Month: March 2018

Seven Women That Changed the World

National Engineering Month is a time to celebrate engineering excellence in Canada. It is an opportunity to showcase how diverse the field of engineering is. And the possibilities are endless. From the lab to the field, from the marine environment to the built environment, from nanotechnology to aerospace, engineers are committed to making a difference in our lives and keeping humanity safe.

This year, at DSA we wanted to play our part and share with you a few of the significant contributions women have made to the field of engineering.  We are committed to helping young women consider engineering as a career choice. Let’s take a look at some remarkable and inspiring engineers in Canada and abroad!

Her Excellency, The Right Honourable Julie Payette

National Engineering Month Image - Her Excellency, The Right Honourable Julie Payette

Canada’s current Governor General, Julie Payette is known for being an astronaut, engineer, scientific broadcaster and corporate director. Ms. Payette has received a mind-blowing 27 honorary doctorates and can speak six languages. Her Excellency is an Extraordinary Companion of the Order of Canada, Extraordinary Commander of the Order of Military Merit, Commander of the Order of Merit for Police Forces, head of the Canadian Heraldic Authority and a Knight of the Ordre national du Québec.

Elizabeth Muriel Gregory (Elsie) MacGill

Born in Vancouver, British Columbia in 1905, Elise became Canada’s 1st woman graduate to hold a degree in electrical engineering.  Elsie also held a master’s degree in aeronautical engineering which was very valuable during WWII when she lead a team of 4,500 workers who built more than 1500 Hawker Hurricane fighter aircraft.

Emily Roebling

Emily Roebling stepped in as the first woman field engineer and technical leader of the Brooklyn Bridge when her husband, Washington Roebling, became paralyzed and could no longer work without the help of his wife. Emily became responsible for much of the chief engineer’s duties, including day-to-day supervision and project management. The Brooklyn Bridge was completed in 1883 and holds a plaque honouring Emily and her husband.

Hedy Lamarr

National Engineering Month Image Hedy Lamarr

Hedy Lamarr might be recalled as a Hollywood heroine of the 1930s and 1940s. However, few likely know that she invented a remote-controlled communications system that would eventually be used by the U.S military.  Lamarr’s frequency hopping theory now serves as a basis for modern communication technology, such as Bluetooth and Wi-Fi network connections.

Ursula Martius Franklin

National Engineering Month Image of Ursula Martius Franklin

Ursula is an expert in metallurgy and materials science; she was the 1st woman to become a professor at the Faculty of Engineering, University of Toronto. Ursula authored over 100 research papers and reports and is an acclaimed contributor to books on the structure and properties of metals and alloys.

Veena Rowat

National Engineering Month Image of Veena Rowat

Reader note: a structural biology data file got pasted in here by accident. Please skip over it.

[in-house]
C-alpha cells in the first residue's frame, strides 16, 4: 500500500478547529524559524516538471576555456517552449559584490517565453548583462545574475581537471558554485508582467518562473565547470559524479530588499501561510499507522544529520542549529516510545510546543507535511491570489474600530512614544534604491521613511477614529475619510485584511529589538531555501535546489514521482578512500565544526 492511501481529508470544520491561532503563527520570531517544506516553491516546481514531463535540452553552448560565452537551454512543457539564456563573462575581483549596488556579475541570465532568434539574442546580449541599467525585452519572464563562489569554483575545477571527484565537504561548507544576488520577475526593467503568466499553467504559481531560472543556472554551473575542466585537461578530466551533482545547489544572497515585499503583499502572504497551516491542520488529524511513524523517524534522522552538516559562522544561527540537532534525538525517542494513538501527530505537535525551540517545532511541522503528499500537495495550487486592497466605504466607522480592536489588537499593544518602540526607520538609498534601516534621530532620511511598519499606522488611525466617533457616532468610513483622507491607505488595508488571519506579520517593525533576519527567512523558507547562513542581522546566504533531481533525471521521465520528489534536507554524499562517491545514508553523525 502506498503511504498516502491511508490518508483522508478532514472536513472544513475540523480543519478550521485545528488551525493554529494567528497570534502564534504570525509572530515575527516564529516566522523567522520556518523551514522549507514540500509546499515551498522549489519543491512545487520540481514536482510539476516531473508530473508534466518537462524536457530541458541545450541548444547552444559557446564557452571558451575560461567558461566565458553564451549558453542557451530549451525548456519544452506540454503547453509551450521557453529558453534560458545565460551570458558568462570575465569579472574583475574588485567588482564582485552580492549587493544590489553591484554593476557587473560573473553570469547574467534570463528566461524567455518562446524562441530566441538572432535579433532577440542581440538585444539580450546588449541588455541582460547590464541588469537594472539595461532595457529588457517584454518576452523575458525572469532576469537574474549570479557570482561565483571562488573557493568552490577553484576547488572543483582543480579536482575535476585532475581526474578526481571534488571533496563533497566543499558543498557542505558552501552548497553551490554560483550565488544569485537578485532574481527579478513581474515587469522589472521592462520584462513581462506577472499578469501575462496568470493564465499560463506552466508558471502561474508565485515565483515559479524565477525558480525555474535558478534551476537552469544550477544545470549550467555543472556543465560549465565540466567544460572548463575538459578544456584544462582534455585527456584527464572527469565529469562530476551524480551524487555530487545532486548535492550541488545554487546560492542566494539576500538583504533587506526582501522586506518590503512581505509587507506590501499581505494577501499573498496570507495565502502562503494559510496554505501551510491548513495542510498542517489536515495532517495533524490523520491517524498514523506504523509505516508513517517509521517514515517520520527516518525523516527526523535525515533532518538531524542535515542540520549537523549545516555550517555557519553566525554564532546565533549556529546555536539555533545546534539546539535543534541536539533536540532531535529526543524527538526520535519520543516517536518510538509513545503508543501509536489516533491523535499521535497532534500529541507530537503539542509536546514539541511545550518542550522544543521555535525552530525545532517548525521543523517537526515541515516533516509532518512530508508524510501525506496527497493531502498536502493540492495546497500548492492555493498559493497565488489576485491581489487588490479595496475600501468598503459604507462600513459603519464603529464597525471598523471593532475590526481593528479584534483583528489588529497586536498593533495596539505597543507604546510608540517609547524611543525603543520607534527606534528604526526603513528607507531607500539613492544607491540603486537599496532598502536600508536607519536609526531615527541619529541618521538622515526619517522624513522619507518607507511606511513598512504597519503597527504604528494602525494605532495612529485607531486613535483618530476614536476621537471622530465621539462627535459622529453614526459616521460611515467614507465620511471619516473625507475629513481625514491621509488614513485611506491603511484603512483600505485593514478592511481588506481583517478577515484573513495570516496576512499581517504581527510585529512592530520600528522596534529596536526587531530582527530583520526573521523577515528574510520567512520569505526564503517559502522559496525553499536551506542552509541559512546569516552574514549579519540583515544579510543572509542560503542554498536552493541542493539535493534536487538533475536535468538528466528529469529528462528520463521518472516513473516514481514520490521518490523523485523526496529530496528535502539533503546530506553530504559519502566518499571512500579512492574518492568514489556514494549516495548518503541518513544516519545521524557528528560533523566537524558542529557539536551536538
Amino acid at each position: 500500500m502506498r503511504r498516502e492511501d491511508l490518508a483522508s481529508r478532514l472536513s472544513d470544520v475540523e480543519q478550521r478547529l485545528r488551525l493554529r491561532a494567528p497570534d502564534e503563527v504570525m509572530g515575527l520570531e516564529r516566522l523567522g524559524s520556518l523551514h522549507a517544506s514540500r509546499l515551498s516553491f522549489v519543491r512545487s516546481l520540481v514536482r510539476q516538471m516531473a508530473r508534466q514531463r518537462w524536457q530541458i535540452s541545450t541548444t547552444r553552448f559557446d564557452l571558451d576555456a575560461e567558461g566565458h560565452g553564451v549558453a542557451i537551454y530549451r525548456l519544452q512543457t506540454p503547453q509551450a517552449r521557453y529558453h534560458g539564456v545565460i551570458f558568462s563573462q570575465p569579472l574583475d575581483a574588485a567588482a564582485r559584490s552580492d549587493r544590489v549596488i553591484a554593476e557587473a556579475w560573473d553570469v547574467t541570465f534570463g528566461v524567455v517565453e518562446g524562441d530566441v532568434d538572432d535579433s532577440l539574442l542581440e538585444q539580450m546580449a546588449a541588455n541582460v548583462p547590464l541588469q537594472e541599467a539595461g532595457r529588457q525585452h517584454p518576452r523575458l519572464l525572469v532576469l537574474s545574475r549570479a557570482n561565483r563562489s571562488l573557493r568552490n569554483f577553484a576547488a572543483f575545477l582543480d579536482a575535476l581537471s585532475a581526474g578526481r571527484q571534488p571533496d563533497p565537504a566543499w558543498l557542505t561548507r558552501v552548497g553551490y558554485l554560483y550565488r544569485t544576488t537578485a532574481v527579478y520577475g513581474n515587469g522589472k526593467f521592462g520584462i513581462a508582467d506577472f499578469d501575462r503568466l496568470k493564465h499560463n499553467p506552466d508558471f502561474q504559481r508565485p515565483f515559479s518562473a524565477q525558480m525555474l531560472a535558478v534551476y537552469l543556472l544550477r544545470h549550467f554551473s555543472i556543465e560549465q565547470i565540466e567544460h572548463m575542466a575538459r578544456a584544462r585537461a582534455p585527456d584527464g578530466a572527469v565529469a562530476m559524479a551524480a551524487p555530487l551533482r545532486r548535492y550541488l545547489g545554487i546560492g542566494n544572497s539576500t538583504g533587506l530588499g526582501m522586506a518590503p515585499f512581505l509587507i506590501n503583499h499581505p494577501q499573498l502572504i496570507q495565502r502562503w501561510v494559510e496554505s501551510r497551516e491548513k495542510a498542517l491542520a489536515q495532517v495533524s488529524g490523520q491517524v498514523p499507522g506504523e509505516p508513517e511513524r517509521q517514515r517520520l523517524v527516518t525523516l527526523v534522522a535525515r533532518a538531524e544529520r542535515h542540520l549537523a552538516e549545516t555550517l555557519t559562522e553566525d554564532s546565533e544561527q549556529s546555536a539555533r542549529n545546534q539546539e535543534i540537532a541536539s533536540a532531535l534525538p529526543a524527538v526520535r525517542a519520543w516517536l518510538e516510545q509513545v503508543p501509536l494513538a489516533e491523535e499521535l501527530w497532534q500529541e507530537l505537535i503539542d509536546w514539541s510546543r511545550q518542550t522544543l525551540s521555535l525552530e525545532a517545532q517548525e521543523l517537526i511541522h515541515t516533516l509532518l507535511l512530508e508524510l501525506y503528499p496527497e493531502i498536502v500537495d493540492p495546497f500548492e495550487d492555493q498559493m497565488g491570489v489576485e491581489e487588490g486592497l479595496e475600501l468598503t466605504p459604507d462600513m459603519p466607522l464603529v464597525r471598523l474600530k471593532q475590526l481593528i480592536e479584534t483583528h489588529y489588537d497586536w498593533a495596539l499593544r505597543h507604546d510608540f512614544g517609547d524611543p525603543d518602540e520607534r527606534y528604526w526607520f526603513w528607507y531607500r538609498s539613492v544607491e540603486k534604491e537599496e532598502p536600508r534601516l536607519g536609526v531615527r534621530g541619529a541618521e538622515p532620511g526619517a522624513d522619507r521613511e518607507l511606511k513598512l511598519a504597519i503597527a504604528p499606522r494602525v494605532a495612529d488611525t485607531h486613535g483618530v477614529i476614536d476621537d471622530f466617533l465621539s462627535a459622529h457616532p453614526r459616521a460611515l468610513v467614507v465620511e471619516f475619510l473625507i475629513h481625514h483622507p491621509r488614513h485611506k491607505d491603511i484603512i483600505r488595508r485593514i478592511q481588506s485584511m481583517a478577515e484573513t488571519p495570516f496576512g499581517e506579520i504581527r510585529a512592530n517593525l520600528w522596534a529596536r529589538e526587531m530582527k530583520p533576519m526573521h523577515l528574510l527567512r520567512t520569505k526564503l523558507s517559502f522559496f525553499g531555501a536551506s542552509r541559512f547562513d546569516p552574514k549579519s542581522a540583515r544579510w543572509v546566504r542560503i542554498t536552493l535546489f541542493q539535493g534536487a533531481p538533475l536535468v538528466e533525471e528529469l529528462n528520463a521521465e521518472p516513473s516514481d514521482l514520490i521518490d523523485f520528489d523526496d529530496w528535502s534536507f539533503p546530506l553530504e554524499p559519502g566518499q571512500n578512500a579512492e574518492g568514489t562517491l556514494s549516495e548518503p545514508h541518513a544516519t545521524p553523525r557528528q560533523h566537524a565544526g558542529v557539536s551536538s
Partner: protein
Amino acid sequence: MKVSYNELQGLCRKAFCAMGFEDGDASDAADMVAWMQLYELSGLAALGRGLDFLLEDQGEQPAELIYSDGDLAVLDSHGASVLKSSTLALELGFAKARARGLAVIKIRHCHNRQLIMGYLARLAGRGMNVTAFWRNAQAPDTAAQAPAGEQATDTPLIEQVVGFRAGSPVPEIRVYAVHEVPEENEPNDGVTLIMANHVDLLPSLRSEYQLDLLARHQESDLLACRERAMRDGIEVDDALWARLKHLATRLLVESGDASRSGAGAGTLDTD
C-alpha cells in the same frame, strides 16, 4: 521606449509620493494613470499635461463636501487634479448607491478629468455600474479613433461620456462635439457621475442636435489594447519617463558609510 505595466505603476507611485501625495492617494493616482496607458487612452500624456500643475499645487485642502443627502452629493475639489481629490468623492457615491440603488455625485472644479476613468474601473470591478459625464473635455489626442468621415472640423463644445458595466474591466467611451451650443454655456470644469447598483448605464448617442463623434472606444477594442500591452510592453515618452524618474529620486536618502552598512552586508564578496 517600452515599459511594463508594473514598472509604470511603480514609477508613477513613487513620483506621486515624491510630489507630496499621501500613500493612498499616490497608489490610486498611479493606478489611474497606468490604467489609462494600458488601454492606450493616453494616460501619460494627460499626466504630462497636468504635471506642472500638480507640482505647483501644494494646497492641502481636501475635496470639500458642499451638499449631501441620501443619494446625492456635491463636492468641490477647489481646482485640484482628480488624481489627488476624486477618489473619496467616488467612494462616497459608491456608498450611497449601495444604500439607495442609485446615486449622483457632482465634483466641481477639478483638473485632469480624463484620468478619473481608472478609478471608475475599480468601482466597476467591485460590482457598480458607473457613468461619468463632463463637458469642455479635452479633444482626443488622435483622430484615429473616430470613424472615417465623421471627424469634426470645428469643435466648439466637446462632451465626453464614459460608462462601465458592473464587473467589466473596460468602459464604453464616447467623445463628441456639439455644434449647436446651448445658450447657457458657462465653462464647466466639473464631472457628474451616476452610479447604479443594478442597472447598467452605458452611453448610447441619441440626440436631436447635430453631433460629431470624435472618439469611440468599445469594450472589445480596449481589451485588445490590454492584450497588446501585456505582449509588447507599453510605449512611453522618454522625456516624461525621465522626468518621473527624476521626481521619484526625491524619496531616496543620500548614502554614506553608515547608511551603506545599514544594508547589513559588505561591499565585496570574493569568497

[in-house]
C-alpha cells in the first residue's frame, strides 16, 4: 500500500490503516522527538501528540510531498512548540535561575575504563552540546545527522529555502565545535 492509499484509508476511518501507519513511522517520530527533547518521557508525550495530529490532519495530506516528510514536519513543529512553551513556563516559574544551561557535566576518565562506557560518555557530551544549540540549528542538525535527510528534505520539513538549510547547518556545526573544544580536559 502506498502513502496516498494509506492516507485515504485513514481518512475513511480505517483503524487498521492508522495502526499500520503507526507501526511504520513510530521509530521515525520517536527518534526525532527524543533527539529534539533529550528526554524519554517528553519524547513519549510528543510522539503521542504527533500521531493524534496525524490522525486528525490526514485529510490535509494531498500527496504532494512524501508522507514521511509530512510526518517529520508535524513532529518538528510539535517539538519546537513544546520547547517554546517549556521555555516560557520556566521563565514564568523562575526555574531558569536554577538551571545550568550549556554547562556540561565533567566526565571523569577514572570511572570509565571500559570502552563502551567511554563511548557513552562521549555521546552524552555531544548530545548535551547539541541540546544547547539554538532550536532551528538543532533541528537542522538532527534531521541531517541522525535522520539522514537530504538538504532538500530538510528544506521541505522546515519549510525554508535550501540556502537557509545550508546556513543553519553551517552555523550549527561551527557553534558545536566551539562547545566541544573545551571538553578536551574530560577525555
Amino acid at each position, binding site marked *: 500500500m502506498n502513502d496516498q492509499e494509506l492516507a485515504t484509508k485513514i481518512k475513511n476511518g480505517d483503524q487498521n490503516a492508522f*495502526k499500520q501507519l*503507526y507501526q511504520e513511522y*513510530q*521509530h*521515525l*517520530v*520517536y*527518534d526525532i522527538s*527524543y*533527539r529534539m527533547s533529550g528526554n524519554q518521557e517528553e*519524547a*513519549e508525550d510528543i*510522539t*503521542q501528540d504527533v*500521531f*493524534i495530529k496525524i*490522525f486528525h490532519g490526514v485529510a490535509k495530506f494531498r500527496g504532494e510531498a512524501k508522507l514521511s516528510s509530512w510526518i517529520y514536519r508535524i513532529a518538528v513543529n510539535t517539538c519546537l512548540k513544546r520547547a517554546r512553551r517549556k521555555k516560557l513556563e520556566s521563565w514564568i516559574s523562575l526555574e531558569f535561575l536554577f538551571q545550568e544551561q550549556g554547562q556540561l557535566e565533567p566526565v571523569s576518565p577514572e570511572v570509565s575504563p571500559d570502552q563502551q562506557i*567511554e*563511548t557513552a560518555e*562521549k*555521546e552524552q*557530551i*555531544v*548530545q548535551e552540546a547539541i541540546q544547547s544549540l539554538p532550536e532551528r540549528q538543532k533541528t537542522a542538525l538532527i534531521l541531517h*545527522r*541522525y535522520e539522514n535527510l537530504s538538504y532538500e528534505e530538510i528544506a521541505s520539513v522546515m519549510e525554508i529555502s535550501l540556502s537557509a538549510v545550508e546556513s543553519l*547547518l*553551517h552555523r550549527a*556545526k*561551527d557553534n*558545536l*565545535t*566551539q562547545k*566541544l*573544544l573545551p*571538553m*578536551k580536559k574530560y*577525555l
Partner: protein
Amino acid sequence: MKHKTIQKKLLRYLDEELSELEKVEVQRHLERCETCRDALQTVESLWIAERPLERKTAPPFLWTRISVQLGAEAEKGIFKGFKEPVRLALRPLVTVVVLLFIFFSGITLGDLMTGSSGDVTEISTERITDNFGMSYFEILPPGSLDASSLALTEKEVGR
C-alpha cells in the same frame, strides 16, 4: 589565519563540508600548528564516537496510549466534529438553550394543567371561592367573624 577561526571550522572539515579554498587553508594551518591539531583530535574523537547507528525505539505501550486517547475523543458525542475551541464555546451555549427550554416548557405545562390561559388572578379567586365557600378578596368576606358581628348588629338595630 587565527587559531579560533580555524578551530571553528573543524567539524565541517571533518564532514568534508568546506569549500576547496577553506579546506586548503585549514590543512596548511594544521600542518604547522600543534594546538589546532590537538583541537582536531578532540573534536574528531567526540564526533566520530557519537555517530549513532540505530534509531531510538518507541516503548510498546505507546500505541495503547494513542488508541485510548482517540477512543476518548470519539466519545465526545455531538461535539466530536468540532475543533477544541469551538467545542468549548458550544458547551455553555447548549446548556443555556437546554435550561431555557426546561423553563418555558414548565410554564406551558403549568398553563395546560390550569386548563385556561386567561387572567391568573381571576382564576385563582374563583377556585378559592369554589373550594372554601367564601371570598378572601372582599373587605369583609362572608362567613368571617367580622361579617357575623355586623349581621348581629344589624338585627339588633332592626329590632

Veena is the 1st Canadian woman Ph.D. graduate in electrical engineering and the only woman in her 1973 graduating class at Queens University in Kingston Ontario. Veena worked for 36 years in the public service and won multiple awards throughout her career. Veena was the first woman president of the Communications Research Centre which is an internationally renowned agency of Industry Canada.

Harriet Brooks

Harriet is credited with the discovery of atomic recoil. Atomic recoil is the result of when an atom interacts with an energetic elementary particle. Harriet is considered one of the leading women of her time in the field of nuclear physics, second only to Marie Curie.

For National Engineering Month, DSA wanted to acknowledge the contributions of these women who have had, and continue to have a significant impact on science, technology, engineering, and math (STEM) activities. We at DSA support organizations like Engineers Canada that are encouraging educators, community organizations, parents, and industry to deliver outreach programmes that support young women to explore their interests in these fields. We want to ensure that we have even more stories like these to inspire the next generation.

You can learn more about Engineers Canada’s efforts here.


Cheerio! Meet DSA in London for Oceanology 2018

We are packing our bags and heading to jolly old England for Oceanology International (Oi 2018) – a premier event for ocean technology and marine science. Oi 2018 provides us with an opportunity to connect with thousands of maritime professionals with diverse backgrounds from many countries. We have found attendees come from a variety of ocean industries including oil and gas, marine renewables, aquaculture, and maritime defence.

The (Oi 2018) conference program is filled with technical tracks and forums bringing together academia, government, international organizations and industry specialists. The show is a hub for sharing knowledge and connecting with the marine technology and ocean science communities to discover technology and solutions to improve strategies for measuring, exploiting, protecting and operating in the world’s oceans.

Every year DSA takes the opportunity to attend international conferences and trade missions central to our business. We’d like to share with you our top three reasons for visiting Oi 2018.